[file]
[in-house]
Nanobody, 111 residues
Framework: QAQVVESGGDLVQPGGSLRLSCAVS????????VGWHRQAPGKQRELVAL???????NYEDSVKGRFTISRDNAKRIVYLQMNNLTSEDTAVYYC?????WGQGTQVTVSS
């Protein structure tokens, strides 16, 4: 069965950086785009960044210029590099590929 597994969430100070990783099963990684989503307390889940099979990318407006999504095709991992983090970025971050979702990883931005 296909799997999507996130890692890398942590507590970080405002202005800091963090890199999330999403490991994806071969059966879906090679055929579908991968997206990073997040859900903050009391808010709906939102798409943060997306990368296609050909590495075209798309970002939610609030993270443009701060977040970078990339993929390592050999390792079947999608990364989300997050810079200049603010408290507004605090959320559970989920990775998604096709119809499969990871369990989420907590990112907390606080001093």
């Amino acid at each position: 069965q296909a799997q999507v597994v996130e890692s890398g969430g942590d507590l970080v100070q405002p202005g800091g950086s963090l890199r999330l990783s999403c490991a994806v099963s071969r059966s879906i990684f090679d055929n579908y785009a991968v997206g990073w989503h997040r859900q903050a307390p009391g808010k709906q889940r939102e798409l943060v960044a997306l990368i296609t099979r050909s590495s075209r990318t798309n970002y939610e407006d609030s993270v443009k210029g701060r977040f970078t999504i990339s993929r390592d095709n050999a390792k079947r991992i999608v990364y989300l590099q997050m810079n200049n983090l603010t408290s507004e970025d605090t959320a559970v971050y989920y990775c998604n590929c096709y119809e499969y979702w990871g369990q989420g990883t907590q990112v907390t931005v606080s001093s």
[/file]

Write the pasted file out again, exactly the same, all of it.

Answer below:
[in-house]
Nanobody, 111 residues
Framework: QAQVVESGGDLVQPGGSLRLSCAVS????????VGWHRQAPGKQRELVAL???????NYEDSVKGRFTISRDNAKRIVYLQMNNLTSEDTAVYYC?????WGQGTQVTVSS
């Protein structure tokens, strides 16, 4: 069965950086785009960044210029590099590929 597994969430100070990783099963990684989503307390889940099979990318407006999504095709991992983090970025971050979702990883931005 296909799997999507996130890692890398942590507590970080405002202005800091963090890199999330999403490991994806071969059966879906090679055929579908991968997206990073997040859900903050009391808010709906939102798409943060997306990368296609050909590495075209798309970002939610609030993270443009701060977040970078990339993929390592050999390792079947999608990364989300997050810079200049603010408290507004605090959320559970989920990775998604096709119809499969990871369990989420907590990112907390606080001093």
């Amino acid at each position: 069965q296909a799997q999507v597994v996130e890692s890398g969430g942590d507590l970080v100070q405002p202005g800091g950086s963090l890199r999330l990783s999403c490991a994806v099963s071969r059966s879906i990684f090679d055929n579908y785009a991968v997206g990073w989503h997040r859900q903050a307390p009391g808010k709906q889940r939102e798409l943060v960044a997306l990368i296609t099979r050909s590495s075209r990318t798309n970002y939610e407006d609030s993270v443009k210029g701060r977040f970078t999504i990339s993929r390592d095709n050999a390792k079947r991992i999608v990364y989300l590099q997050m810079n200049n983090l603010t408290s507004e970025d605090t959320a559970v971050y989920y990775c998604n590929c096709y119809e499969y979702w990871g369990q989420g990883t907590q990112v907390t931005v606080s001093s």